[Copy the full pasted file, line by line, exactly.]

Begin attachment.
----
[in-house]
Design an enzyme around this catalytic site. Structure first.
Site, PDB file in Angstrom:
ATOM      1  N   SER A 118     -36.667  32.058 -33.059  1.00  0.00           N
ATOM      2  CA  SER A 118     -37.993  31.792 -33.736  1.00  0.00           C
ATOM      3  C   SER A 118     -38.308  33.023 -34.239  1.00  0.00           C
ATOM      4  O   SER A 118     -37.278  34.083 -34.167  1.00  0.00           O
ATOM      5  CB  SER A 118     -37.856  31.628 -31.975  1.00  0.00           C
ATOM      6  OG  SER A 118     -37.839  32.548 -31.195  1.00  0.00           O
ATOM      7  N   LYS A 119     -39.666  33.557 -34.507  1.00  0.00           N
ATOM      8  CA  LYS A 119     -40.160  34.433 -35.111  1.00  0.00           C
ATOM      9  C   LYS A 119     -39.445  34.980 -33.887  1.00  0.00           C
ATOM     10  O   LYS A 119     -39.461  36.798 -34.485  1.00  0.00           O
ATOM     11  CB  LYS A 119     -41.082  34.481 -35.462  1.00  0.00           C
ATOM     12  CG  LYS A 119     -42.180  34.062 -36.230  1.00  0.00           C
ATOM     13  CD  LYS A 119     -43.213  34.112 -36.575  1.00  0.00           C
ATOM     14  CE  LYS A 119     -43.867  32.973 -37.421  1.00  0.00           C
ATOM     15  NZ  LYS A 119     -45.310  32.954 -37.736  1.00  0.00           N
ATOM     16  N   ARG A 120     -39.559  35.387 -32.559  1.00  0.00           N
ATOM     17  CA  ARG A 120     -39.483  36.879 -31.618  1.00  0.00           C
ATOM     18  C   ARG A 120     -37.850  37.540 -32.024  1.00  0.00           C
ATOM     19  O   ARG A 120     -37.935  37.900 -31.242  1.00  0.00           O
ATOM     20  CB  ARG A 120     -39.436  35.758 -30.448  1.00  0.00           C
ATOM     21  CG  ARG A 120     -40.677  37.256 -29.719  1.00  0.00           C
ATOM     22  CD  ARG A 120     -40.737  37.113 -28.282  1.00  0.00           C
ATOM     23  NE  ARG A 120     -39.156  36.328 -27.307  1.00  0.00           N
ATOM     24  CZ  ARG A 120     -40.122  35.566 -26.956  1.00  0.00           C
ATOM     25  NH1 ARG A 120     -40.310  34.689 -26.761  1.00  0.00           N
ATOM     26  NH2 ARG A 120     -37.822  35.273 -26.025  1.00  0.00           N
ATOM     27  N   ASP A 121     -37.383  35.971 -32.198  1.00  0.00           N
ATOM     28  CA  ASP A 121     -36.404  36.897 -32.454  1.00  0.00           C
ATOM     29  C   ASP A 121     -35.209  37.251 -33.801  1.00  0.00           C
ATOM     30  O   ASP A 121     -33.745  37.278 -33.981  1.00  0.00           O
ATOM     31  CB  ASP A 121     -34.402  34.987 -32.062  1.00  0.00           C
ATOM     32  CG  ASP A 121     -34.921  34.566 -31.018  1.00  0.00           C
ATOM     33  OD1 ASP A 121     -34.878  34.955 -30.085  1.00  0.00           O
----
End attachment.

[in-house]
Design an enzyme around this catalytic site. Structure first.
Site, PDB file in Angstrom:
ATOM      1  N   SER A 118     -36.667  32.058 -33.059  1.00  0.00           N
ATOM      2  CA  SER A 118     -37.993  31.792 -33.736  1.00  0.00           C
ATOM      3  C   SER A 118     -38.308  33.023 -34.239  1.00  0.00           C
ATOM      4  O   SER A 118     -37.278  34.083 -34.167  1.00  0.00           O
ATOM      5  CB  SER A 118     -37.856  31.628 -31.975  1.00  0.00           C
ATOM      6  OG  SER A 118     -37.839  32.548 -31.195  1.00  0.00           O
ATOM      7  N   LYS A 119     -39.666  33.557 -34.507  1.00  0.00           N
ATOM      8  CA  LYS A 119     -40.160  34.433 -35.111  1.00  0.00           C
ATOM      9  C   LYS A 119     -39.445  34.980 -33.887  1.00  0.00           C
ATOM     10  O   LYS A 119     -39.461  36.798 -34.485  1.00  0.00           O
ATOM     11  CB  LYS A 119     -41.082  34.481 -35.462  1.00  0.00           C
ATOM     12  CG  LYS A 119     -42.180  34.062 -36.230  1.00  0.00           C
ATOM     13  CD  LYS A 119     -43.213  34.112 -36.575  1.00  0.00           C
ATOM     14  CE  LYS A 119     -43.867  32.973 -37.421  1.00  0.00           C
ATOM     15  NZ  LYS A 119     -45.310  32.954 -37.736  1.00  0.00           N
ATOM     16  N   ARG A 120     -39.559  35.387 -32.559  1.00  0.00           N
ATOM     17  CA  ARG A 120     -39.483  36.879 -31.618  1.00  0.00           C
ATOM     18  C   ARG A 120     -37.850  37.540 -32.024  1.00  0.00           C
ATOM     19  O   ARG A 120     -37.935  37.900 -31.242  1.00  0.00           O
ATOM     20  CB  ARG A 120     -39.436  35.758 -30.448  1.00  0.00           C
ATOM     21  CG  ARG A 120     -40.677  37.256 -29.719  1.00  0.00           C
ATOM     22  CD  ARG A 120     -40.737  37.113 -28.282  1.00  0.00           C
ATOM     23  NE  ARG A 120     -39.156  36.328 -27.307  1.00  0.00           N
ATOM     24  CZ  ARG A 120     -40.122  35.566 -26.956  1.00  0.00           C
ATOM     25  NH1 ARG A 120     -40.310  34.689 -26.761  1.00  0.00           N
ATOM     26  NH2 ARG A 120     -37.822  35.273 -26.025  1.00  0.00           N
ATOM     27  N   ASP A 121     -37.383  35.971 -32.198  1.00  0.00           N
ATOM     28  CA  ASP A 121     -36.404  36.897 -32.454  1.00  0.00           C
ATOM     29  C   ASP A 121     -35.209  37.251 -33.801  1.00  0.00           C
ATOM     30  O   ASP A 121     -33.745  37.278 -33.981  1.00  0.00           O
ATOM     31  CB  ASP A 121     -34.402  34.987 -32.062  1.00  0.00           C
ATOM     32  CG  ASP A 121     -34.921  34.566 -31.018  1.00  0.00           C
ATOM     33  OD1 ASP A 121     -34.878  34.955 -30.085  1.00  0.00           O